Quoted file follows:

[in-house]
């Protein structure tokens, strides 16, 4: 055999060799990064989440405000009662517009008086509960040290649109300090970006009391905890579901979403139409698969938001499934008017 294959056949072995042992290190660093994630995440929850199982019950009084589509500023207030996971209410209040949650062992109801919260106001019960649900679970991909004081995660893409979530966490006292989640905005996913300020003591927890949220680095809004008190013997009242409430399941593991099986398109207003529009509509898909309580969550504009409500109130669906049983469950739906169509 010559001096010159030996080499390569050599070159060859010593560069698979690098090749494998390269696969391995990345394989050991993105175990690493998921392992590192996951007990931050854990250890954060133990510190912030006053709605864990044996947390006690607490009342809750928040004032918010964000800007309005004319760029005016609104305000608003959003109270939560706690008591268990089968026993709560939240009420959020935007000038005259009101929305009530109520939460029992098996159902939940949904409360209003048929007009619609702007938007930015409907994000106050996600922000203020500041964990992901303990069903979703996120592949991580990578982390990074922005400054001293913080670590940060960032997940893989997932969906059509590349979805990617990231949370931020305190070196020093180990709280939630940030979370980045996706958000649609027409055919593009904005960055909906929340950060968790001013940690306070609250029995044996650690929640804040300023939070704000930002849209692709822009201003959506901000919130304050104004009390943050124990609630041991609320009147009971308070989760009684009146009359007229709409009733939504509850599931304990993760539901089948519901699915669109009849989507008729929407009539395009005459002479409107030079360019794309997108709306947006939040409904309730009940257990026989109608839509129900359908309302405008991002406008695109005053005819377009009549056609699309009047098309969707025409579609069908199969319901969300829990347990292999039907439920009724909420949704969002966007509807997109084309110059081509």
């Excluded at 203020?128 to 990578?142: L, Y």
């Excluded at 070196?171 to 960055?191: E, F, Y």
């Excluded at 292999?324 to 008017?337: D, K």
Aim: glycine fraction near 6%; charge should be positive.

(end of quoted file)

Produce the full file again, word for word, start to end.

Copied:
[in-house]
């Protein structure tokens, strides 16, 4: 055999060799990064989440405000009662517009008086509960040290649109300090970006009391905890579901979403139409698969938001499934008017 294959056949072995042992290190660093994630995440929850199982019950009084589509500023207030996971209410209040949650062992109801919260106001019960649900679970991909004081995660893409979530966490006292989640905005996913300020003591927890949220680095809004008190013997009242409430399941593991099986398109207003529009509509898909309580969550504009409500109130669906049983469950739906169509 010559001096010159030996080499390569050599070159060859010593560069698979690098090749494998390269696969391995990345394989050991993105175990690493998921392992590192996951007990931050854990250890954060133990510190912030006053709605864990044996947390006690607490009342809750928040004032918010964000800007309005004319760029005016609104305000608003959003109270939560706690008591268990089968026993709560939240009420959020935007000038005259009101929305009530109520939460029992098996159902939940949904409360209003048929007009619609702007938007930015409907994000106050996600922000203020500041964990992901303990069903979703996120592949991580990578982390990074922005400054001293913080670590940060960032997940893989997932969906059509590349979805990617990231949370931020305190070196020093180990709280939630940030979370980045996706958000649609027409055919593009904005960055909906929340950060968790001013940690306070609250029995044996650690929640804040300023939070704000930002849209692709822009201003959506901000919130304050104004009390943050124990609630041991609320009147009971308070989760009684009146009359007229709409009733939504509850599931304990993760539901089948519901699915669109009849989507008729929407009539395009005459002479409107030079360019794309997108709306947006939040409904309730009940257990026989109608839509129900359908309302405008991002406008695109005053005819377009009549056609699309009047098309969707025409579609069908199969319901969300829990347990292999039907439920009724909420949704969002966007509807997109084309110059081509």
């Excluded at 203020?128 to 990578?142: L, Y």
């Excluded at 070196?171 to 960055?191: E, F, Y």
């Excluded at 292999?324 to 008017?337: D, K």
Aim: glycine fraction near 6%; charge should be positive.